Shouldn’t we promote harmony over rancour?

Some are predicting a clash of civilisations, but Sholto Byrnes contends that there are also plenty of examples of people of different creeds living together peacefully.

This Planispheric Astrolabe dated 1135 AH (Islamic Calendar), which was recently on display in Spain, helps demonstrate the interconnection of Eastern and Western cultures. (AP Photo/Laura Leon)
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Extremists have cried havoc and let slip the dogs of war. In the Middle East, Yemen’s Shia Houthis battle Sunnis, some so misguided they ally themselves with Al Qaeda. Israeli officers storm the Al Aqsa mosque compound in Jerusalem, while ISIL threatens ancient Christian communities in Iraq with extinction. Meanwhile, Europe has seen an alarming rise both in anti-Semitic attacks and in levels of Islamophobia. The prominent Egyptian novelist Alaa Al Aswany recently published a column warning of the perils of “travelling while Arab” in the West.

One can almost see the smiles of gleeful satisfaction on the faces of those who have long warned of the inevitability of a “clash of civilisations” – an inevitability that some, such as millenarian Christians in the US, actually desire, not just predict. We told you so, say those rubbing their hands, believing their views to be vindicated by the outbreaks of sectarian violence. Adherents of different religions cannot rub along together forever when their faiths are underpinned by such opposing moral and political systems.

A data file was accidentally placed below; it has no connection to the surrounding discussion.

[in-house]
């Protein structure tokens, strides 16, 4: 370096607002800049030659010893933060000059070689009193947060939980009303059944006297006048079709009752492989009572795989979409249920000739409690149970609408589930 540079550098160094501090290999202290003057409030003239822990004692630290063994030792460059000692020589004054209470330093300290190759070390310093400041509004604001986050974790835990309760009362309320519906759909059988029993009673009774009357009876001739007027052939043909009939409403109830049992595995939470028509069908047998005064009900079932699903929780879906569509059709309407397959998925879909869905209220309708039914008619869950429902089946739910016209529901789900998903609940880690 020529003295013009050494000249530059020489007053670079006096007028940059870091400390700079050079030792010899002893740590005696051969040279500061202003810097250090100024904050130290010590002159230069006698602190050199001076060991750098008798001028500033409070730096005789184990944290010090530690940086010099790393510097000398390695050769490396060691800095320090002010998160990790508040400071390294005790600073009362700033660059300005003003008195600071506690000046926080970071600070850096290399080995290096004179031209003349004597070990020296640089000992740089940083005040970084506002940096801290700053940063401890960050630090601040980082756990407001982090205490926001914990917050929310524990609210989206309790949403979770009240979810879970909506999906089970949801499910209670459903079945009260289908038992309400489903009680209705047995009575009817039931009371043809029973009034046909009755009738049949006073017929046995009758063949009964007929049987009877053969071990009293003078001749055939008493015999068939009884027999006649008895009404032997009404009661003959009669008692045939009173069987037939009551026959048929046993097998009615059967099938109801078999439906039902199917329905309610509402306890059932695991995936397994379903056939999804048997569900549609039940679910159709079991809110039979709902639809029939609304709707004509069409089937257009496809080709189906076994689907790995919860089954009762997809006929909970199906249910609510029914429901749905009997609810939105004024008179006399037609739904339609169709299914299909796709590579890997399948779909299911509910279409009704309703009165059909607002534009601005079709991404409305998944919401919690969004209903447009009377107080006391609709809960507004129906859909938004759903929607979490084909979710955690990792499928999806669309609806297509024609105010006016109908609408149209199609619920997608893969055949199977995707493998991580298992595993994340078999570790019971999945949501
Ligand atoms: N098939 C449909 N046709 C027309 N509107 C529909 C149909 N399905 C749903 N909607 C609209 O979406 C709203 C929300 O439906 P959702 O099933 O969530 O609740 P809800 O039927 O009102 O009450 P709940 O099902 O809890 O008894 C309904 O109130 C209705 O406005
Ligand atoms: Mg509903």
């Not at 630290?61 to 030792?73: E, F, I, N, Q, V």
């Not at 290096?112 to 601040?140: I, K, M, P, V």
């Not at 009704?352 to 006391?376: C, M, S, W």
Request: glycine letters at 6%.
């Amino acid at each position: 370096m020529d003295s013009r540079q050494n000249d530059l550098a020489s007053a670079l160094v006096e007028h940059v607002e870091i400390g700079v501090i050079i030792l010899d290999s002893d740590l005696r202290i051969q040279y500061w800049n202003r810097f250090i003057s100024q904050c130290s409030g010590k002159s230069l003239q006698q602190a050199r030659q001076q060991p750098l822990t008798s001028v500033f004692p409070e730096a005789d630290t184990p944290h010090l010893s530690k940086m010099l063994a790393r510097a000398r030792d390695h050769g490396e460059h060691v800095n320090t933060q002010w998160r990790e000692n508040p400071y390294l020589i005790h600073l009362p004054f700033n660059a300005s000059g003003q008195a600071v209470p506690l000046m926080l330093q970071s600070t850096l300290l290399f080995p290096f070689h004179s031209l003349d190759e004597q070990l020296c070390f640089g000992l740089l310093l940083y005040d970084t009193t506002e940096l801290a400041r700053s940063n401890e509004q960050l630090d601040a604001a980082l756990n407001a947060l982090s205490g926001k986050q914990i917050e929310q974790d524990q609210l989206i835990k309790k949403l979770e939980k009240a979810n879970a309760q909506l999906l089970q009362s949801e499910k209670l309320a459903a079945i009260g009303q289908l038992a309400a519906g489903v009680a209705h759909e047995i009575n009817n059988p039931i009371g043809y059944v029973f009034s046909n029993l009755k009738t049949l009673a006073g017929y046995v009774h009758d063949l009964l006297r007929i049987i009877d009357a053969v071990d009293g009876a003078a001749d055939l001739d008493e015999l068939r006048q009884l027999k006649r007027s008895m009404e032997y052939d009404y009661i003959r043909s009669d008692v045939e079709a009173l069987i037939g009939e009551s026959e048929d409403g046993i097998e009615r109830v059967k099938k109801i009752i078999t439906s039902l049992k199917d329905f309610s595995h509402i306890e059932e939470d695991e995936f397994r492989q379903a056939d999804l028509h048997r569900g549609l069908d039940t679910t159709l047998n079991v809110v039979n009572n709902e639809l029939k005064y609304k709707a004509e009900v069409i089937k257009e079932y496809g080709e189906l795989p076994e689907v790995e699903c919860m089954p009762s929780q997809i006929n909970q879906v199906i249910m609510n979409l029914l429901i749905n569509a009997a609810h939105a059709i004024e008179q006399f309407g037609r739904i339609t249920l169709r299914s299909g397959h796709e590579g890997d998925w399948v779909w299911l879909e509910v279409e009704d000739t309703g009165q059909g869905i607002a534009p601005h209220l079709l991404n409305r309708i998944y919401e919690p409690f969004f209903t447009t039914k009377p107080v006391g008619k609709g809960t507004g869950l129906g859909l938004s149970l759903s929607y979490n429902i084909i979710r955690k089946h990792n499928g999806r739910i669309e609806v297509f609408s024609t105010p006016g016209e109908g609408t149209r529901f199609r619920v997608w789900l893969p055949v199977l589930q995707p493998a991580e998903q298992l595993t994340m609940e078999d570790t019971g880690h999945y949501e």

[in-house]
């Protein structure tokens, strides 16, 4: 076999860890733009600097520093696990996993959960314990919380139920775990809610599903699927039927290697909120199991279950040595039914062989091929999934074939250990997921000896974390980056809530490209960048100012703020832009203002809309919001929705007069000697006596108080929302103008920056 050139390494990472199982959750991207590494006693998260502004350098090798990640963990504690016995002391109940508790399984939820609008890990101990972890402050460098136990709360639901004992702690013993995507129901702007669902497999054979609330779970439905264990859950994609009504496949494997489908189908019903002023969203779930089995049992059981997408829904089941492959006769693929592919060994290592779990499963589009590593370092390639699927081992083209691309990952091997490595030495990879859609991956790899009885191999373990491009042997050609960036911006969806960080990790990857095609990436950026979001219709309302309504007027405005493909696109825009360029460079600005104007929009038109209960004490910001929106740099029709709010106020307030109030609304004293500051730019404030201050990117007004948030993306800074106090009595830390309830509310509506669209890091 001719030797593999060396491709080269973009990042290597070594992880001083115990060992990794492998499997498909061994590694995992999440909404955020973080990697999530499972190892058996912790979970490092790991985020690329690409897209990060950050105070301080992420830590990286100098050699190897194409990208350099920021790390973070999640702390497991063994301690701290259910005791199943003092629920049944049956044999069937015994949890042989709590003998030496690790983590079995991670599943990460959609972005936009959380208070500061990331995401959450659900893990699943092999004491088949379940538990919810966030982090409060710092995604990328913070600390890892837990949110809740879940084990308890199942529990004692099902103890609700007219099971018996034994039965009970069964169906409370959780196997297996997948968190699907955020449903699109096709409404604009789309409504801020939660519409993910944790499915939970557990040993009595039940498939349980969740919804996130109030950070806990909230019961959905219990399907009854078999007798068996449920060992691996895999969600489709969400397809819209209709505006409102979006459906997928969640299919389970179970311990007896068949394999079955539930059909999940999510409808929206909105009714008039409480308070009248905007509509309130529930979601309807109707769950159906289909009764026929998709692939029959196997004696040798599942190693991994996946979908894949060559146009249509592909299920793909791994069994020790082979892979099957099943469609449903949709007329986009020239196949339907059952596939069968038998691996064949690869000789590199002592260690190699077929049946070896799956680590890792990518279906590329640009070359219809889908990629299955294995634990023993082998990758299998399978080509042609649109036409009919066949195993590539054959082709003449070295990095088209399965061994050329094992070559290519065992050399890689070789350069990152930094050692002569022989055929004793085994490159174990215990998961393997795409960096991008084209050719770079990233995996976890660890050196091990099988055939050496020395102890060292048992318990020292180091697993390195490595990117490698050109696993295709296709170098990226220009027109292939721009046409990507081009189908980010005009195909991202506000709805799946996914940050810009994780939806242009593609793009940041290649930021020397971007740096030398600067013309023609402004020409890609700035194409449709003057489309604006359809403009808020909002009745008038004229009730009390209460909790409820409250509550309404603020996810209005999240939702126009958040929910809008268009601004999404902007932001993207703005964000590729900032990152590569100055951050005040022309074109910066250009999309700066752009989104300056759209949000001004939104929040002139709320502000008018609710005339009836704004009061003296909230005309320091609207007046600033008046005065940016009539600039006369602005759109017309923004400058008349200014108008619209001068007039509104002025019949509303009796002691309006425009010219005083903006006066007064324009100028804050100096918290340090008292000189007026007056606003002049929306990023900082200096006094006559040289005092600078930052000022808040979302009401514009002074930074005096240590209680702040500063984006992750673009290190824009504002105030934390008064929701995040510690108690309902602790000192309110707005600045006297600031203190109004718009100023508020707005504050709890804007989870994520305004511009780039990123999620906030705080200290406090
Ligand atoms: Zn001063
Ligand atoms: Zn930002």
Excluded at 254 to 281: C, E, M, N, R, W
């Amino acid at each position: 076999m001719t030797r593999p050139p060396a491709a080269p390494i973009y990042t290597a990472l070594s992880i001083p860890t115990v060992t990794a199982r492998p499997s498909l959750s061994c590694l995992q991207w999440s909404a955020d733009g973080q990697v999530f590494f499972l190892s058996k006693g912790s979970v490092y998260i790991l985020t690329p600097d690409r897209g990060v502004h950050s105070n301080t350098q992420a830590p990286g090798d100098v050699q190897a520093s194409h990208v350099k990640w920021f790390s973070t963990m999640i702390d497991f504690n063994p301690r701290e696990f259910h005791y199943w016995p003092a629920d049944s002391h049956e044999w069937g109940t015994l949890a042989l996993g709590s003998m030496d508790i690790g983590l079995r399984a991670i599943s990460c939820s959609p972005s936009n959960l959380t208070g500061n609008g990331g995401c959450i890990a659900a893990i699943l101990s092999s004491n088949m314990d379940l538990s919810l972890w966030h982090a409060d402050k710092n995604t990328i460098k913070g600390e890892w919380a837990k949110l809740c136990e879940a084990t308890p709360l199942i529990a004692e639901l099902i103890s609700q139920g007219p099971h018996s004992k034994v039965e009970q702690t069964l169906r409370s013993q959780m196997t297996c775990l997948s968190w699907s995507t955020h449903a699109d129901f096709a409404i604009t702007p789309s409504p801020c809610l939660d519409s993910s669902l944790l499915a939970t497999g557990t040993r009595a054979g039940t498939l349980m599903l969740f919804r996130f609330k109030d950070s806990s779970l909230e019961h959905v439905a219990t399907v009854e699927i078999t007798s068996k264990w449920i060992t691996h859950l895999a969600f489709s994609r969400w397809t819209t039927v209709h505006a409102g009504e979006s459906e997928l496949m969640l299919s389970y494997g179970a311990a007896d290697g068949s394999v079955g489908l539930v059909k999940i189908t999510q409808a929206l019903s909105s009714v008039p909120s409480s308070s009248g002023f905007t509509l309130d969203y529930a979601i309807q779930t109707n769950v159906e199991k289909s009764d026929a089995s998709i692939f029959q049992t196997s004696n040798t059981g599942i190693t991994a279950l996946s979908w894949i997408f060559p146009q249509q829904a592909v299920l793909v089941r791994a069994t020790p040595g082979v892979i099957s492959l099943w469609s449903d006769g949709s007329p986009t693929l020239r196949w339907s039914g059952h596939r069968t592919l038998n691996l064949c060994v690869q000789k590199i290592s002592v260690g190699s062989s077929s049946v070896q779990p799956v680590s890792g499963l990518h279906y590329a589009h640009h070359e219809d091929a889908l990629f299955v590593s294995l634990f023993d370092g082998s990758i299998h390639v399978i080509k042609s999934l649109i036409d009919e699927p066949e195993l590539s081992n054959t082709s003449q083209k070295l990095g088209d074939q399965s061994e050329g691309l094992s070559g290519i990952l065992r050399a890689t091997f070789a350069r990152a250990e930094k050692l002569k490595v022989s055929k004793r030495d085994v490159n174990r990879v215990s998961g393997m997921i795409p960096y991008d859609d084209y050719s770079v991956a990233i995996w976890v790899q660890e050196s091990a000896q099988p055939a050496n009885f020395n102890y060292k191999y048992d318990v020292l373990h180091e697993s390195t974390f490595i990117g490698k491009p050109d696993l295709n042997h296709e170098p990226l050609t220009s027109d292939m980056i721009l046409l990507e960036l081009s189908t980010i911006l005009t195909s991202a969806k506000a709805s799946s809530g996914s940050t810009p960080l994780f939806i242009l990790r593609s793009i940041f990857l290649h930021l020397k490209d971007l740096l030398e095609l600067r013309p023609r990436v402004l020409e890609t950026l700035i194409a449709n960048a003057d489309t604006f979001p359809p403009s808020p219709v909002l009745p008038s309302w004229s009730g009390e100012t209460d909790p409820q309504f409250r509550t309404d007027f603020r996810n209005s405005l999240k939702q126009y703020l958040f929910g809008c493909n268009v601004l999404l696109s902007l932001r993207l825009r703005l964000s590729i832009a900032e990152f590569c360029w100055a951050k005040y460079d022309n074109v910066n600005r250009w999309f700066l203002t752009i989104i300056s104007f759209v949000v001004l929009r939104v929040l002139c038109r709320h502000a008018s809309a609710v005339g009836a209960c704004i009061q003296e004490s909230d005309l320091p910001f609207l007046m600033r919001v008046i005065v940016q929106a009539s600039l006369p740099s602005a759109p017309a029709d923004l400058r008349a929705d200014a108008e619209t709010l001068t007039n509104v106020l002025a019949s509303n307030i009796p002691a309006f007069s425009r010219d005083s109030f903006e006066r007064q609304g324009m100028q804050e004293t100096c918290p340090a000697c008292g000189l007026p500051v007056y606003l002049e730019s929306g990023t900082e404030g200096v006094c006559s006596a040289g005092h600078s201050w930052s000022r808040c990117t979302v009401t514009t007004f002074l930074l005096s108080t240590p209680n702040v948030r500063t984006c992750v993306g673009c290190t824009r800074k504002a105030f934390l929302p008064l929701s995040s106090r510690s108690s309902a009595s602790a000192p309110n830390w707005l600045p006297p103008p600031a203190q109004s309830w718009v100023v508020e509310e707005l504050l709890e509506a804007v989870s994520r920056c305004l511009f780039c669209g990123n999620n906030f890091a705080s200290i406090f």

Silent, or near silent, is the “still small voice of calm” that proposes the opposite: that we should think instead of the ties that bind, rather than divide, us. History provides no shortage of examples for both sides. Did not the Umayyads conquer Spain in the eighth century, and were not the Ottomans at the gates of Vienna in the 17th, thus threatening European Christendom with Muslim rule? And what were the Crusades, if not attempts to retake “the Holy Land” for Christians?

Accounts of such campaigns can be read both ways. The Siege, by Ismail Kadare, the novelist who was awarded the first Man Booker International Prize in 2005, is a case in point. Europeans with a Christian heritage are liable to read his book as the story of brave resistance by Albanian forces against Ottoman encroachment in the 15th century. Those with a Muslim background may well see it as a narrative of an indubitably superior civilisation trying to tame and bring their benefits to a nation of comparative barbarians.

Not well-known enough, are the times of peaceful and profitable coexistence and intermingling, such as in Umayyad Spain, Abbasid Baghdad and Mughal India, when Muslims, Hindus, Christians, Jews and others lived together and contributed to remarkable growths in scholarship.

These were people who were different, and whose difference was acknowledged, but was contained and accepted within a framework of cohabitation that allowed all to prosper. Even the man who coined the term “clash of civilisations”, the 98-year-old Princeton historian Bernard Lewis, acknowledges this.